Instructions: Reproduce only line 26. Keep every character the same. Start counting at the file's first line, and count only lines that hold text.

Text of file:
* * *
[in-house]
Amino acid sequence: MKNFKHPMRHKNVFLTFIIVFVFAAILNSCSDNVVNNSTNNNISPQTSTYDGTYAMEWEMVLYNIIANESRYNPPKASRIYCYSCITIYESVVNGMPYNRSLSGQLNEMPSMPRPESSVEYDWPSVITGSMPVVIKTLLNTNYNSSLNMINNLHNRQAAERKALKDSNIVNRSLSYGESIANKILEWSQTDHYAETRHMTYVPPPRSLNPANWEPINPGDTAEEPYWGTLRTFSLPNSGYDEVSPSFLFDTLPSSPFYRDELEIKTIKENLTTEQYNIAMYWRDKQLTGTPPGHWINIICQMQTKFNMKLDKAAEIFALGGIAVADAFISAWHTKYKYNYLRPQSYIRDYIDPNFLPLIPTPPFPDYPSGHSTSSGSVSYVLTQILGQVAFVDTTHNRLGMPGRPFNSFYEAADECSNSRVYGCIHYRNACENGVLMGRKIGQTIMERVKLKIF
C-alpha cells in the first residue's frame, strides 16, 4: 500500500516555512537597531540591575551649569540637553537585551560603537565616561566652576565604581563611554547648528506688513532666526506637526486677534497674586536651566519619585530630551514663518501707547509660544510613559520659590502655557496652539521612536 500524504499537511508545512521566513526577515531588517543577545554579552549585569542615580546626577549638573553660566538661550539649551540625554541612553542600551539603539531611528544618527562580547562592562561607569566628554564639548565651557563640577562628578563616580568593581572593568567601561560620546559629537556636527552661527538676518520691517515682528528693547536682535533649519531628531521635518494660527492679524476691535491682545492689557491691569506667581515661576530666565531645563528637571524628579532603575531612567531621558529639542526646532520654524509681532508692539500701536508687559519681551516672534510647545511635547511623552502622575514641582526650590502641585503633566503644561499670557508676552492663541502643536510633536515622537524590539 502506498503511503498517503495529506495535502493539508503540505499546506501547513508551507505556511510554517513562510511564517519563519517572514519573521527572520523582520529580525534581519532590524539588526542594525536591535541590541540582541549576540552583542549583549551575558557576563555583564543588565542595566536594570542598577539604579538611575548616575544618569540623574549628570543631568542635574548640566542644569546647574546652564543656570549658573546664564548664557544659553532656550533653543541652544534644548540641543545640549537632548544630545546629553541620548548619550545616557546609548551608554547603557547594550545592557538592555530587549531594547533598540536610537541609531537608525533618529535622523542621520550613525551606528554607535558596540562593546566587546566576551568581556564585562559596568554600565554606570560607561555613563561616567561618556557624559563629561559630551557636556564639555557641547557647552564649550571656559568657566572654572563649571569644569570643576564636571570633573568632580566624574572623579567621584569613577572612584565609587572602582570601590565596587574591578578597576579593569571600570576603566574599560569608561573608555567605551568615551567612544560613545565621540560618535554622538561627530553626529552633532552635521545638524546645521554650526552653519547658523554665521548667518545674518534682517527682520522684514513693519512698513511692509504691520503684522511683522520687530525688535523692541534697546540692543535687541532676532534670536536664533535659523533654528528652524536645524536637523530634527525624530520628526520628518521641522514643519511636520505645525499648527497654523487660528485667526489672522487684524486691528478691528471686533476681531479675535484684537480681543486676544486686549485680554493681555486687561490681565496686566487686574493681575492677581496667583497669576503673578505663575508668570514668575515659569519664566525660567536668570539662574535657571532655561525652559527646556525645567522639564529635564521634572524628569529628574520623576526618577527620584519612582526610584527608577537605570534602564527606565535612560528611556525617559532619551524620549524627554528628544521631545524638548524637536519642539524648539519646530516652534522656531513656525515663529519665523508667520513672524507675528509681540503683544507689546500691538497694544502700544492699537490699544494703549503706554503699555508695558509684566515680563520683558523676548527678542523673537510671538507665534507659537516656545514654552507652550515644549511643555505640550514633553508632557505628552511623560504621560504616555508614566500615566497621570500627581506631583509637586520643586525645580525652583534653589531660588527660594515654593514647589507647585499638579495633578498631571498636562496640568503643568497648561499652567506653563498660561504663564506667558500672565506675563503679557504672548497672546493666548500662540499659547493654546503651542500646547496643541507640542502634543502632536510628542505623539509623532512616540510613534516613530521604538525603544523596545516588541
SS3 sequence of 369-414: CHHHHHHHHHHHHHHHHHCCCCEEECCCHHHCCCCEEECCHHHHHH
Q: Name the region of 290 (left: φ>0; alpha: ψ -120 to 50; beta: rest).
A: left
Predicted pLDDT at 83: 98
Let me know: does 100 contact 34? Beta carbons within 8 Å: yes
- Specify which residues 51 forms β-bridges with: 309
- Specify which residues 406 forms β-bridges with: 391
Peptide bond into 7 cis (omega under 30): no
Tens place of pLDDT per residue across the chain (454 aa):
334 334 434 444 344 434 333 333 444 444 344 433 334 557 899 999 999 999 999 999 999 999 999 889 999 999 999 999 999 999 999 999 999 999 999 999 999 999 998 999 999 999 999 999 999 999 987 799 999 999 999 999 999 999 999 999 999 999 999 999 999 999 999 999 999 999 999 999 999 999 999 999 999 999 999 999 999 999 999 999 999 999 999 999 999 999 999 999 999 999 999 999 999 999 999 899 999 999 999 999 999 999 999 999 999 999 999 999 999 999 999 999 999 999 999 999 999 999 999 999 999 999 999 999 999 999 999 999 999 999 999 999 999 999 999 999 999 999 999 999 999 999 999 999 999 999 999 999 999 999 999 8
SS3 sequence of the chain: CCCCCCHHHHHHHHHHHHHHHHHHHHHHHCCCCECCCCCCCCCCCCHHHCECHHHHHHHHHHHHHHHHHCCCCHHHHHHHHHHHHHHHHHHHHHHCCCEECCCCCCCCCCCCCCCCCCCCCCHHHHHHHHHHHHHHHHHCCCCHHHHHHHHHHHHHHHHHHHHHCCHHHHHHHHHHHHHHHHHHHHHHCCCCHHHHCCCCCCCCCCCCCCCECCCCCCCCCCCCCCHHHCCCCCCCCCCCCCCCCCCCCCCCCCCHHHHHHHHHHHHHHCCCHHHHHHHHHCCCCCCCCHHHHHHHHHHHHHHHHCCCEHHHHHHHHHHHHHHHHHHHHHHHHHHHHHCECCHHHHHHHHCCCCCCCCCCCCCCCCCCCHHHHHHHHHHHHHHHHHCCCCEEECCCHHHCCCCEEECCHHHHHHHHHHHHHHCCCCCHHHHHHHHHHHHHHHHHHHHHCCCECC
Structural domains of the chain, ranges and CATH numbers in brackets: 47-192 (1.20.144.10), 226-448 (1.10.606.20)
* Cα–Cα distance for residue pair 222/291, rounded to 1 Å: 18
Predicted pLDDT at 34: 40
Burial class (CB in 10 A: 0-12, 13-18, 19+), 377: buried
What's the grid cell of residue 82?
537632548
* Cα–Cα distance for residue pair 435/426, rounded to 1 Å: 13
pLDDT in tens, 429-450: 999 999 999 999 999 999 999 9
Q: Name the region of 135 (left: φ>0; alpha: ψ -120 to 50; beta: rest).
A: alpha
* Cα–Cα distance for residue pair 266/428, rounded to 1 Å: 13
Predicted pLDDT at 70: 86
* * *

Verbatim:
Predicted pLDDT at 70: 86